Like

  7. Pear drops, earrings, Fat Betty, steam trains, book shops. And being right about Fat Betty’s treat.
    You really know how to reel us in.

    Like

  8. So are the earrings in the picture the ones you bought?

    Like

  9. Al says:

    Good read again. You are taking us right along with you. Sounds like this was one of the easier treks though.

    Like

  10. Alice Lynn says:

    I’m beginning to fear that this may be the penultimate section (am I using that word right?) of your cross-country saga. But loving every bit of it. Pear Drops! Fossilized Monkey Puzzle Earrings!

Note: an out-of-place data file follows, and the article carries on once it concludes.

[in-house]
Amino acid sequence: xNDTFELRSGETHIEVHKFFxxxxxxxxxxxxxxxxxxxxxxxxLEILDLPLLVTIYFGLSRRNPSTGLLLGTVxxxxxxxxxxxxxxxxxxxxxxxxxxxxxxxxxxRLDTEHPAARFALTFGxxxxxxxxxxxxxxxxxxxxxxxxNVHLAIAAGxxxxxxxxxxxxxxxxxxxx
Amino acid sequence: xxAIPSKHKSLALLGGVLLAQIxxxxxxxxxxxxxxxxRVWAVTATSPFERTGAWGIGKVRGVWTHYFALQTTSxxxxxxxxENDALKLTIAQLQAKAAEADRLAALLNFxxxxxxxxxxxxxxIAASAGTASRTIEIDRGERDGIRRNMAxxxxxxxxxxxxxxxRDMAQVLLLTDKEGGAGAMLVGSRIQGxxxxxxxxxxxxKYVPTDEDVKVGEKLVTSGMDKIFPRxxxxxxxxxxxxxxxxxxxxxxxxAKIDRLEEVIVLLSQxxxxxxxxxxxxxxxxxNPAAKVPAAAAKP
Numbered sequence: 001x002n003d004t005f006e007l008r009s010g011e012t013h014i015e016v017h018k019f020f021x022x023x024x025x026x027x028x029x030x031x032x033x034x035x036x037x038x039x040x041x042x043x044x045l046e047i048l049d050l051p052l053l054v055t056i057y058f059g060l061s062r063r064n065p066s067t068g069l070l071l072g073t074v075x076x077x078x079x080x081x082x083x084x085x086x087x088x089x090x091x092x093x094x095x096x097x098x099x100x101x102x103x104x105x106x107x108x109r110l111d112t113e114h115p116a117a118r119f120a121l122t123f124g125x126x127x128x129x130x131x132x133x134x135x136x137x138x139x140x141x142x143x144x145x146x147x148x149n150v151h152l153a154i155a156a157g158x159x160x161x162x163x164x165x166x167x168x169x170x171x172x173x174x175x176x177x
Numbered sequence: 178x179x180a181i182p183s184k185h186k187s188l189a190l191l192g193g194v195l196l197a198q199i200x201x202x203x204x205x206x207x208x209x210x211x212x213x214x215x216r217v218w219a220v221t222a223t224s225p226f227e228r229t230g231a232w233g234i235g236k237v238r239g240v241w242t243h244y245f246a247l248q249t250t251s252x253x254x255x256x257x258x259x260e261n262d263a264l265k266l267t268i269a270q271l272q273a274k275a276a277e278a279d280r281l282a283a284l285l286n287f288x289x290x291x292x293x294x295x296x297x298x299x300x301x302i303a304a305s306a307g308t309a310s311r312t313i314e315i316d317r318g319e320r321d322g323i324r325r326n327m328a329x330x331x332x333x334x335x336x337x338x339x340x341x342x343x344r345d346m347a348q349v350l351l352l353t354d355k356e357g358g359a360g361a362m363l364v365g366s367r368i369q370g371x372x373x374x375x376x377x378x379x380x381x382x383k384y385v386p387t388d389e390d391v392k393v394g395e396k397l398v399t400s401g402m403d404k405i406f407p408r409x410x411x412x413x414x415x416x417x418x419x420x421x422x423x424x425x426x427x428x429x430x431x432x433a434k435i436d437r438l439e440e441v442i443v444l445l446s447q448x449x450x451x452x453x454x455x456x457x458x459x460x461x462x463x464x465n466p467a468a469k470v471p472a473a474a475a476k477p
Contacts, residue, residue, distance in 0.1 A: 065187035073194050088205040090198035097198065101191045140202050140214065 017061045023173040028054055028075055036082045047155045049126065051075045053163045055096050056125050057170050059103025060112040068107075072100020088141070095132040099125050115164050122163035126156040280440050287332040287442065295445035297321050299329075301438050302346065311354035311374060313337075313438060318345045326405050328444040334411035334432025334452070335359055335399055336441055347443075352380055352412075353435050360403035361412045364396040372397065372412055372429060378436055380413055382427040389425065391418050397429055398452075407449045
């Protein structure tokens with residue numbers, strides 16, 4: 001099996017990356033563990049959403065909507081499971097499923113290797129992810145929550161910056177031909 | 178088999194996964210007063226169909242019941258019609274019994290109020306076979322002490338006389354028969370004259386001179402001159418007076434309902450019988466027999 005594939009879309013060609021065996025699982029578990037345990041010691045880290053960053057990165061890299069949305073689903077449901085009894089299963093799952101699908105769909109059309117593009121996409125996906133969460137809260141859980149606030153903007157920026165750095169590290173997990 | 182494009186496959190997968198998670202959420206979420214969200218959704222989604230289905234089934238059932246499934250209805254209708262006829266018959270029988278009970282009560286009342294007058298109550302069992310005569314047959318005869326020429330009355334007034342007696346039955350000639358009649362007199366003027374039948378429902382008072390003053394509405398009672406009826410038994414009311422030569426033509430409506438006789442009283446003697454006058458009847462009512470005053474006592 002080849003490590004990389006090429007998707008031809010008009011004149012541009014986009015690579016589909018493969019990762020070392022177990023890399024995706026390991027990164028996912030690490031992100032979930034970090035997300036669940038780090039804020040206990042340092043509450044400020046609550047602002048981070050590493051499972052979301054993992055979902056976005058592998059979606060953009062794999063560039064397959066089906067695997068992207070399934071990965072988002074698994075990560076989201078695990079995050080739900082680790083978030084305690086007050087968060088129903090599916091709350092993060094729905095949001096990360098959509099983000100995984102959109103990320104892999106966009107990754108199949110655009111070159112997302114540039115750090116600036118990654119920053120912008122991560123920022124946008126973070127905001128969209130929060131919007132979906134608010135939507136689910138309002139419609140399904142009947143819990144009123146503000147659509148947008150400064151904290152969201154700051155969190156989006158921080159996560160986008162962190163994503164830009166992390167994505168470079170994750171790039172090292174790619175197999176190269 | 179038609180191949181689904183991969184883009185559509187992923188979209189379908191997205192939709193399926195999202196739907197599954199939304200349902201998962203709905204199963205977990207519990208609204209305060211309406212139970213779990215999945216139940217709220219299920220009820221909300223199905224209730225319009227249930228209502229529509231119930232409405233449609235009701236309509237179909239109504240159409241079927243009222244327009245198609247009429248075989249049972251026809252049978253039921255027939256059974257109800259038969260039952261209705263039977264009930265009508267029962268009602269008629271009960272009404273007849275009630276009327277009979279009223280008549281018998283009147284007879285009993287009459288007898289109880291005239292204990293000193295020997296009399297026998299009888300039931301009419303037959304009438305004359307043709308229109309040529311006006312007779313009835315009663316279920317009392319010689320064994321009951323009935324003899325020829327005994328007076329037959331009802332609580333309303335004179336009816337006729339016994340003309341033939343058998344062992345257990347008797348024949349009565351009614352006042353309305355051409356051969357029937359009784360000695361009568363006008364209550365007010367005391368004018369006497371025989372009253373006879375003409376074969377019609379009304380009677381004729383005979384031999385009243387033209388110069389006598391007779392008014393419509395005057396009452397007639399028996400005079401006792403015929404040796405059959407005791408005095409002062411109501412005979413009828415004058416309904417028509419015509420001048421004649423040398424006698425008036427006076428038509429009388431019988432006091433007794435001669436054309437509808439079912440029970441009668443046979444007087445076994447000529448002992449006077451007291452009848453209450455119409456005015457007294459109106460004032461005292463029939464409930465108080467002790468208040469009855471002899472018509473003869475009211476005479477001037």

Egton Bridge seems like something out of a classic English children’s book. I await your next segment!

    Like

  11. Roxie says:

    Cowboy Fan is awe-freaking-some! Finding a jade earring on the ground – he has the eyes of a falcon!

    you could write a book about this trek, you know. I am just wallowing in the vignettes. Are pear drops yummy?

    Like

    • Barb says:

      I thought pear drops were GREAT. They aren’t overly sweet…just right on the tongue. If I’d knows how much I’d like them, I would’ve bought more. I can order them from Amazon U.K. if I want to pay British shipping for penny candies.

      Like

  12. I am enjoying this series. I like that it’s in segments. I also admire your guts. I’d be asking for shortcuts and motor scooters at every quaint town!

    Like

  13. nrhatch says:

    Delightful read. How wonderful that you found your earring AND new Jet earrings on a Sunday when the sun shone. 😎

    Like